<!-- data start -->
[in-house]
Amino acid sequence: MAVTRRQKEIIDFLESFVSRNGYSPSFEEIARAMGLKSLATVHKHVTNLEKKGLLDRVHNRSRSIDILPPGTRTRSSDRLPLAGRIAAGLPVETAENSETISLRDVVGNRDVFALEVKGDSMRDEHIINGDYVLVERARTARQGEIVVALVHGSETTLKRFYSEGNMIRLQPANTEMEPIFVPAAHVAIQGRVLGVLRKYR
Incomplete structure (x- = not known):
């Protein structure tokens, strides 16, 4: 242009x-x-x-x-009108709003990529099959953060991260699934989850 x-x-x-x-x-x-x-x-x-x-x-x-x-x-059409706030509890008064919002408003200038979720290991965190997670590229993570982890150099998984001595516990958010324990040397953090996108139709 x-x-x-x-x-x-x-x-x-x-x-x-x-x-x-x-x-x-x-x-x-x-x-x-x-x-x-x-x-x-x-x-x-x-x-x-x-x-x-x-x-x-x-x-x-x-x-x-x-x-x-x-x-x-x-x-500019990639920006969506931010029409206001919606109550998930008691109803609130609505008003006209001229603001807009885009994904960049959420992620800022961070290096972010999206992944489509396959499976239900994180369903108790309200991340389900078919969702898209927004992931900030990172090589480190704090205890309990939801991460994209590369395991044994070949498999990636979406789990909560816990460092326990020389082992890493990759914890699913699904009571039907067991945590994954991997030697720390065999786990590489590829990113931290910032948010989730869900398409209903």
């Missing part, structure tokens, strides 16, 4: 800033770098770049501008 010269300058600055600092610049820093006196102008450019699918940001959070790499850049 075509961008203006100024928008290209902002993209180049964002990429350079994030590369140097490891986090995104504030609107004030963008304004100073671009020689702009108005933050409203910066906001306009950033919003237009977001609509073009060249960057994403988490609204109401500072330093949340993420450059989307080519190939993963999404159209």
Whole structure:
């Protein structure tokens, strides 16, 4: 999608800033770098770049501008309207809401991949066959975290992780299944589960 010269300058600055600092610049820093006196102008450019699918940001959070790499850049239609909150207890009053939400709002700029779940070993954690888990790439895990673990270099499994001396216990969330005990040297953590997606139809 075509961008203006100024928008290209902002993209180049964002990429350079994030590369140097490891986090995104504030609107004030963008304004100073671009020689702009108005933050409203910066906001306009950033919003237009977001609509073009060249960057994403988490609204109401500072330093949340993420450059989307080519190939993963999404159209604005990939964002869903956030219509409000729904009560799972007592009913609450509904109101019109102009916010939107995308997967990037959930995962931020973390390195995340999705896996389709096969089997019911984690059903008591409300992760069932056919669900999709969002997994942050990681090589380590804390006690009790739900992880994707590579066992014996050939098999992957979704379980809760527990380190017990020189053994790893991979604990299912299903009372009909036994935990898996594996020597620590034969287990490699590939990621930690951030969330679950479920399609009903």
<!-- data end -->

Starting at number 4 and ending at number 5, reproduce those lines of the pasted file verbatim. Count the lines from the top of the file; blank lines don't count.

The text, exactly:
């Protein structure tokens, strides 16, 4: 242009x-x-x-x-009108709003990529099959953060991260699934989850 x-x-x-x-x-x-x-x-x-x-x-x-x-x-059409706030509890008064919002408003200038979720290991965190997670590229993570982890150099998984001595516990958010324990040397953090996108139709 x-x-x-x-x-x-x-x-x-x-x-x-x-x-x-x-x-x-x-x-x-x-x-x-x-x-x-x-x-x-x-x-x-x-x-x-x-x-x-x-x-x-x-x-x-x-x-x-x-x-x-x-x-x-x-x-500019990639920006969506931010029409206001919606109550998930008691109803609130609505008003006209001229603001807009885009994904960049959420992620800022961070290096972010999206992944489509396959499976239900994180369903108790309200991340389900078919969702898209927004992931900030990172090589480190704090205890309990939801991460994209590369395991044994070949498999990636979406789990909560816990460092326990020389082992890493990759914890699913699904009571039907067991945590994954991997030697720390065999786990590489590829990113931290910032948010989730869900398409209903």
């Missing part, structure tokens, strides 16, 4: 800033770098770049501008 010269300058600055600092610049820093006196102008450019699918940001959070790499850049 075509961008203006100024928008290209902002993209180049964002990429350079994030590369140097490891986090995104504030609107004030963008304004100073671009020689702009108005933050409203910066906001306009950033919003237009977001609509073009060249960057994403988490609204109401500072330093949340993420450059989307080519190939993963999404159209």